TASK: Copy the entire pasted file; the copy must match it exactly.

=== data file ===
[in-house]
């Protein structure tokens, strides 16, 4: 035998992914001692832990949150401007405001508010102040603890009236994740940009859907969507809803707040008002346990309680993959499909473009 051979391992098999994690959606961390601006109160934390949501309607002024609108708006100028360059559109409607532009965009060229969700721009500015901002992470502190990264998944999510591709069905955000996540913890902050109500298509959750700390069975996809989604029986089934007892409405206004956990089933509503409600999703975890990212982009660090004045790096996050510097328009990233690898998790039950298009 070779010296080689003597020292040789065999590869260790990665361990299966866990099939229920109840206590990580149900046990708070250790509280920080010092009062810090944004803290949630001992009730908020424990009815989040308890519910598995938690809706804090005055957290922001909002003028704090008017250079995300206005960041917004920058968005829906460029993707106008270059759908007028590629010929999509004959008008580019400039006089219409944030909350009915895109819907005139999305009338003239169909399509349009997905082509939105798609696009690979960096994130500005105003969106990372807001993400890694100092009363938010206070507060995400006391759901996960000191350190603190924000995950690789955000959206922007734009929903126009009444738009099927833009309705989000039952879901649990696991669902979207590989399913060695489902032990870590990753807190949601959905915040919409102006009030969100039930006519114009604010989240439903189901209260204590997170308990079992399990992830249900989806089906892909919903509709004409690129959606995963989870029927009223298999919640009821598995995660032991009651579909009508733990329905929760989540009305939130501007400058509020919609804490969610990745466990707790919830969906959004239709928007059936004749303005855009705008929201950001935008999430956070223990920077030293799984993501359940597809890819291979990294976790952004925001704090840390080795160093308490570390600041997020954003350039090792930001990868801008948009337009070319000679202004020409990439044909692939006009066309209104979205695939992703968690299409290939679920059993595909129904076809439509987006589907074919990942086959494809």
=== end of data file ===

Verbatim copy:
[in-house]
């Protein structure tokens, strides 16, 4: 035998992914001692832990949150401007405001508010102040603890009236994740940009859907969507809803707040008002346990309680993959499909473009 051979391992098999994690959606961390601006109160934390949501309607002024609108708006100028360059559109409607532009965009060229969700721009500015901002992470502190990264998944999510591709069905955000996540913890902050109500298509959750700390069975996809989604029986089934007892409405206004956990089933509503409600999703975890990212982009660090004045790096996050510097328009990233690898998790039950298009 070779010296080689003597020292040789065999590869260790990665361990299966866990099939229920109840206590990580149900046990708070250790509280920080010092009062810090944004803290949630001992009730908020424990009815989040308890519910598995938690809706804090005055957290922001909002003028704090008017250079995300206005960041917004920058968005829906460029993707106008270059759908007028590629010929999509004959008008580019400039006089219409944030909350009915895109819907005139999305009338003239169909399509349009997905082509939105798609696009690979960096994130500005105003969106990372807001993400890694100092009363938010206070507060995400006391759901996960000191350190603190924000995950690789955000959206922007734009929903126009009444738009099927833009309705989000039952879901649990696991669902979207590989399913060695489902032990870590990753807190949601959905915040919409102006009030969100039930006519114009604010989240439903189901209260204590997170308990079992399990992830249900989806089906892909919903509709004409690129959606995963989870029927009223298999919640009821598995995660032991009651579909009508733990329905929760989540009305939130501007400058509020919609804490969610990745466990707790919830969906959004239709928007059936004749303005855009705008929201950001935008999430956070223990920077030293799984993501359940597809890819291979990294976790952004925001704090840390080795160093308490570390600041997020954003350039090792930001990868801008948009337009070319000679202004020409990439044909692939006009066309209104979205695939992703968690299409290939679920059993595909129904076809439509987006589907074919990942086959494809």